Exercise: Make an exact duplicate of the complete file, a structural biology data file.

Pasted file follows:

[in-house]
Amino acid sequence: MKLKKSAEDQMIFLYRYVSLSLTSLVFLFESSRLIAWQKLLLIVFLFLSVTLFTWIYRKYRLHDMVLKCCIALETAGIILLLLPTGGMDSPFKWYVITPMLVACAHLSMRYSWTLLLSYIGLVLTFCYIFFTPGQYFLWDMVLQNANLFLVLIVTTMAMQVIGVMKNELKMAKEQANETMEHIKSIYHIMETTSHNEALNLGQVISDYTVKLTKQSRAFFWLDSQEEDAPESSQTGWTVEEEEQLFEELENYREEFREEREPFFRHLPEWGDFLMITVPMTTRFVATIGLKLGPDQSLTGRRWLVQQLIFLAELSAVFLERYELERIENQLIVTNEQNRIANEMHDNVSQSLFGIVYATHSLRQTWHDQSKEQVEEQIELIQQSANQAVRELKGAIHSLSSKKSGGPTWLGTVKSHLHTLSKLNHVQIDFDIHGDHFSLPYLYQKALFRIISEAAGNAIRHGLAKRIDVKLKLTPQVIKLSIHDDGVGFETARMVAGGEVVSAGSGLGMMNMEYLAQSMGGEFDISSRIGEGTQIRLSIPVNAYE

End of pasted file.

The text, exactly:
[in-house]
Amino acid sequence: MKLKKSAEDQMIFLYRYVSLSLTSLVFLFESSRLIAWQKLLLIVFLFLSVTLFTWIYRKYRLHDMVLKCCIALETAGIILLLLPTGGMDSPFKWYVITPMLVACAHLSMRYSWTLLLSYIGLVLTFCYIFFTPGQYFLWDMVLQNANLFLVLIVTTMAMQVIGVMKNELKMAKEQANETMEHIKSIYHIMETTSHNEALNLGQVISDYTVKLTKQSRAFFWLDSQEEDAPESSQTGWTVEEEEQLFEELENYREEFREEREPFFRHLPEWGDFLMITVPMTTRFVATIGLKLGPDQSLTGRRWLVQQLIFLAELSAVFLERYELERIENQLIVTNEQNRIANEMHDNVSQSLFGIVYATHSLRQTWHDQSKEQVEEQIELIQQSANQAVRELKGAIHSLSSKKSGGPTWLGTVKSHLHTLSKLNHVQIDFDIHGDHFSLPYLYQKALFRIISEAAGNAIRHGLAKRIDVKLKLTPQVIKLSIHDDGVGFETARMVAGGEVVSAGSGLGMMNMEYLAQSMGGEFDISSRIGEGTQIRLSIPVNAYE